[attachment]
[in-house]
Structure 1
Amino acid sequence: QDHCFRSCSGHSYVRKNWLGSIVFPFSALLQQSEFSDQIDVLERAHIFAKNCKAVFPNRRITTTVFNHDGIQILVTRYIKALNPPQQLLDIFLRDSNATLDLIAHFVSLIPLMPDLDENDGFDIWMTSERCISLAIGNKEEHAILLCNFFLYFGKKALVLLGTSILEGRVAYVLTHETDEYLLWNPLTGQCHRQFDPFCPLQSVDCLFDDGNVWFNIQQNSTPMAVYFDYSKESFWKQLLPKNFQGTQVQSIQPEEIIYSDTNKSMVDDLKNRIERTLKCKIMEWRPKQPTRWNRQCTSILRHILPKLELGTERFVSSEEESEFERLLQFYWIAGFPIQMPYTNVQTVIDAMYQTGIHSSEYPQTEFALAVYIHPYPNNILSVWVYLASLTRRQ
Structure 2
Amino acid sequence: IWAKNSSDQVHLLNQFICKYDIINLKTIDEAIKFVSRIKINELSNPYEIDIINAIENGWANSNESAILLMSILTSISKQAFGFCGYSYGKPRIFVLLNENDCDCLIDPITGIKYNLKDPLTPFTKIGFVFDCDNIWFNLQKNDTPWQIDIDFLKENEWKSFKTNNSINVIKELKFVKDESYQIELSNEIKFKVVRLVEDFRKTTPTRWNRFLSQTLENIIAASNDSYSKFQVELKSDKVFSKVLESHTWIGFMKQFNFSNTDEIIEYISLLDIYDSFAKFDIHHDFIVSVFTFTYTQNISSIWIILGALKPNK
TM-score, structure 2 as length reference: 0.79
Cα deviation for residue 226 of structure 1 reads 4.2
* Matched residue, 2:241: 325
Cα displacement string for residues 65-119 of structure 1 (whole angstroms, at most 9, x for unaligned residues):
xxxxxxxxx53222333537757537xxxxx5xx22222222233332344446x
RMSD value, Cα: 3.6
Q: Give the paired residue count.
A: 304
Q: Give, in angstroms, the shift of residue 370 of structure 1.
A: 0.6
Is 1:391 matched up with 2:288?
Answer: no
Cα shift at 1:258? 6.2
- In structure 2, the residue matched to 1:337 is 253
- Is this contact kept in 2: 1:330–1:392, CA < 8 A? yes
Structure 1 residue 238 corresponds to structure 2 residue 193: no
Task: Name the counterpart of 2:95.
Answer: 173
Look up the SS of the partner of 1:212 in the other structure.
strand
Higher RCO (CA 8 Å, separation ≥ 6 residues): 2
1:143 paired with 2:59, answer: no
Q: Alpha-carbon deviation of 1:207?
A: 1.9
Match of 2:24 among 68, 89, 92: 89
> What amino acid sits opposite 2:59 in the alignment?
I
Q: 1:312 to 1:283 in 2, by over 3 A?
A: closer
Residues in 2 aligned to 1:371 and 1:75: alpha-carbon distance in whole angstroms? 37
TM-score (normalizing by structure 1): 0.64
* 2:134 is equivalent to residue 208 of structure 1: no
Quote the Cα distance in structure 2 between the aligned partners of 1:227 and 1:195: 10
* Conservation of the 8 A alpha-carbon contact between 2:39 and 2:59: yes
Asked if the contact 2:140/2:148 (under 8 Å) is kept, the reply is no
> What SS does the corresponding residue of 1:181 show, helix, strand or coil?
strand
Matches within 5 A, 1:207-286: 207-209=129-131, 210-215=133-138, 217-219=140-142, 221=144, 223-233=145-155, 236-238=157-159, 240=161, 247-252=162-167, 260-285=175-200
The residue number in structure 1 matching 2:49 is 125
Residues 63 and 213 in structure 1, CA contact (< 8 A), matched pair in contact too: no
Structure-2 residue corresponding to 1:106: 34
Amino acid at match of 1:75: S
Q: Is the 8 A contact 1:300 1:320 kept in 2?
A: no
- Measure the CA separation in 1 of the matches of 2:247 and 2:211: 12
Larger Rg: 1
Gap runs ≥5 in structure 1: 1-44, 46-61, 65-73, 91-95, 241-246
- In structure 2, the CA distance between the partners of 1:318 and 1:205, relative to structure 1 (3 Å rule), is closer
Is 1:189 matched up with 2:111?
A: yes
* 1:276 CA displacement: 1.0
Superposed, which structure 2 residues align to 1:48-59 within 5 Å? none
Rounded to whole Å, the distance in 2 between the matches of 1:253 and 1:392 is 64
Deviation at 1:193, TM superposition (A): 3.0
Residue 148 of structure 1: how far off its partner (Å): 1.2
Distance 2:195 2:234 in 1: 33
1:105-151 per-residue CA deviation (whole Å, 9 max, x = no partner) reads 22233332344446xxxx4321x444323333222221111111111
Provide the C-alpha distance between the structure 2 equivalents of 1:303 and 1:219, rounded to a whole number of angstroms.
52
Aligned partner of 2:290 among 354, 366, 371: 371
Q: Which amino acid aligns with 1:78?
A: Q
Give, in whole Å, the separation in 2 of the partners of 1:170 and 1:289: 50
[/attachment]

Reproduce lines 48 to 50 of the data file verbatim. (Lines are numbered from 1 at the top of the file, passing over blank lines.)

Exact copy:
Q: Is the 8 A contact 1:300 1:320 kept in 2?
A: no
- Measure the CA separation in 1 of the matches of 2:247 and 2:211: 12